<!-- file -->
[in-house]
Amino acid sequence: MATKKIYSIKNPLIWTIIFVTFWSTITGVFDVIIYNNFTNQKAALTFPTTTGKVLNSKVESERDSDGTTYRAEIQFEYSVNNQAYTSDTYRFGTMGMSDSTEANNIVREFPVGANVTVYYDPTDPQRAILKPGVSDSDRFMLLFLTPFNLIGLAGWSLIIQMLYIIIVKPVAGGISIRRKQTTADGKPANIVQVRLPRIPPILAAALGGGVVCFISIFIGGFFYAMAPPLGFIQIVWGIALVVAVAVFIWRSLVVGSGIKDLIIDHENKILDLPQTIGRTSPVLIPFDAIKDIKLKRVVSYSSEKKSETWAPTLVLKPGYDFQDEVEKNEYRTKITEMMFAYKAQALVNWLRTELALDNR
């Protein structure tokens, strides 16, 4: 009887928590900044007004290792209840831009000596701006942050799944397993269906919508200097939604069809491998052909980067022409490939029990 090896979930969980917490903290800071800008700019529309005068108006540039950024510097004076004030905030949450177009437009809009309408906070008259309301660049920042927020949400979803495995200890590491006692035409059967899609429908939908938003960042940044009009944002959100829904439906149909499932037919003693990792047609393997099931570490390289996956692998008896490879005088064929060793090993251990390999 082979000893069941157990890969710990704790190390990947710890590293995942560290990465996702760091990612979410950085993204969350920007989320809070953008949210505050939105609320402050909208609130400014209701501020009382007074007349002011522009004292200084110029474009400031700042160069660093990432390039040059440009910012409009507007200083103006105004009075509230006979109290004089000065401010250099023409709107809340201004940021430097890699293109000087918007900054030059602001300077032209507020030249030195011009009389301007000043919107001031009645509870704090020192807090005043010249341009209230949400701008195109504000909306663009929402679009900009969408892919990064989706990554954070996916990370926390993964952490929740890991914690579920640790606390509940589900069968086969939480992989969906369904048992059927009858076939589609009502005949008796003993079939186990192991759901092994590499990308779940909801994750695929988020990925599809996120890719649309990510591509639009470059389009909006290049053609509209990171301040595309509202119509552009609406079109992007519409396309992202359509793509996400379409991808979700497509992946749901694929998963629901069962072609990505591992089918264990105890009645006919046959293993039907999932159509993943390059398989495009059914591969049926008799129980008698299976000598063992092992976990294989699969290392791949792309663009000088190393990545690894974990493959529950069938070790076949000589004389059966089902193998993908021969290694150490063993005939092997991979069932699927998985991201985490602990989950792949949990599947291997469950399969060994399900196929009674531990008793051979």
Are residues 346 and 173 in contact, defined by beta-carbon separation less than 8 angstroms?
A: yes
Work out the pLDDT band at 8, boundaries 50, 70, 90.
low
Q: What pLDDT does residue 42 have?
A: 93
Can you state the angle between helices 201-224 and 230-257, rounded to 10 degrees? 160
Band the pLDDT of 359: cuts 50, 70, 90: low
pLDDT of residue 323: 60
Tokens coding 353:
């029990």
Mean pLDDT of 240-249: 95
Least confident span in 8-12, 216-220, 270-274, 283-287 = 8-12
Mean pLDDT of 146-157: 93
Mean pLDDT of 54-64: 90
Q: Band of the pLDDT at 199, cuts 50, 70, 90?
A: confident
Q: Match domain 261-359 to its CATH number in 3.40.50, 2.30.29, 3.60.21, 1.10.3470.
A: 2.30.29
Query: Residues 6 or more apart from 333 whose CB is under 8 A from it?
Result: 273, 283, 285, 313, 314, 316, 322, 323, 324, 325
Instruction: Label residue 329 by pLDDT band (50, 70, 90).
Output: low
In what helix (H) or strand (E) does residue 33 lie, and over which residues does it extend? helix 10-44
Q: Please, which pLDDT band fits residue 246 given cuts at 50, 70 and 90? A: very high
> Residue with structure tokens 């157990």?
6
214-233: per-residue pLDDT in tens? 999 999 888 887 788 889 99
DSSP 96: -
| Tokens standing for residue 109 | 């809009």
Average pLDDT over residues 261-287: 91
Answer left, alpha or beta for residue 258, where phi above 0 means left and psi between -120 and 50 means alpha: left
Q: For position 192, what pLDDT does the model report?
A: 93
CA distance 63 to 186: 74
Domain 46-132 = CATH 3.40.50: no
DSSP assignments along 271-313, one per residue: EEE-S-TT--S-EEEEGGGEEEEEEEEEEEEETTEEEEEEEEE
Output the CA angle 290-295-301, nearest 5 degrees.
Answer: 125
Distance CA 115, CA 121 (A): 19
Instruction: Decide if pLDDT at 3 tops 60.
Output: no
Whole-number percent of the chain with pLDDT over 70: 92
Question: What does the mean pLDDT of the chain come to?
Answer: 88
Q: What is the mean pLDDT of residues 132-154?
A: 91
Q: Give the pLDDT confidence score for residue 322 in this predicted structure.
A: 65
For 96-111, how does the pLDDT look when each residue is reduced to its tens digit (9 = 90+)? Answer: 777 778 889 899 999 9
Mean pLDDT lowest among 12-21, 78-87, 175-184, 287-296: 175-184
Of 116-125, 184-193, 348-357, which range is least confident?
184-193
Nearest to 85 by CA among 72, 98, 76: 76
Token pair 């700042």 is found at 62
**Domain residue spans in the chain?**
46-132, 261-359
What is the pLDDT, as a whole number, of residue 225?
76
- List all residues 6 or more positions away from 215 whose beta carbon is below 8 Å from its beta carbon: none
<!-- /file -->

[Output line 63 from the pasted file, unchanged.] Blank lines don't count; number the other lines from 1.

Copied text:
- List all residues 6 or more positions away from 215 whose beta carbon is below 8 Å from its beta carbon: none